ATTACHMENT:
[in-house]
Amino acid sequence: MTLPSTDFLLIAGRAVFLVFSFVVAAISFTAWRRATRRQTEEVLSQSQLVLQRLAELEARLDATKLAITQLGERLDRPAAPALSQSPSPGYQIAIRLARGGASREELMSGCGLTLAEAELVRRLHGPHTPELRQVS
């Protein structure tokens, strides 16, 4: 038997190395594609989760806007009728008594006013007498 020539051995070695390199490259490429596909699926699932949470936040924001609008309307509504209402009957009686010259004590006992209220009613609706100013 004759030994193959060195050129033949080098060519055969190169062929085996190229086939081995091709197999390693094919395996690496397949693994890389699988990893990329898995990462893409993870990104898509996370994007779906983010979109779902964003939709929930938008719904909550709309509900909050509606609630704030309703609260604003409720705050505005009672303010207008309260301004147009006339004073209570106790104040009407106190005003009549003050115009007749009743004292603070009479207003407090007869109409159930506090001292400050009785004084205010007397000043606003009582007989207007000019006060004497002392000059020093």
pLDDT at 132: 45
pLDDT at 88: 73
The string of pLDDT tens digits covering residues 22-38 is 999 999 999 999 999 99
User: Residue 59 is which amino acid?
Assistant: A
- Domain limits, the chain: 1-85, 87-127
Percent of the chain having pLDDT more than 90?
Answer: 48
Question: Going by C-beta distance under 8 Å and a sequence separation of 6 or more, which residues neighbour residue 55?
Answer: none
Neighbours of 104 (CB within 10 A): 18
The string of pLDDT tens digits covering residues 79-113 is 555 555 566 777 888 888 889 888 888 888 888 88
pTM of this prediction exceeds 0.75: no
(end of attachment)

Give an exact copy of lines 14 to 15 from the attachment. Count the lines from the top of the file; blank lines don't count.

Neighbours of 104 (CB within 10 A): 18
The string of pLDDT tens digits covering residues 79-113 is 555 555 566 777 888 888 889 888 888 888 888 88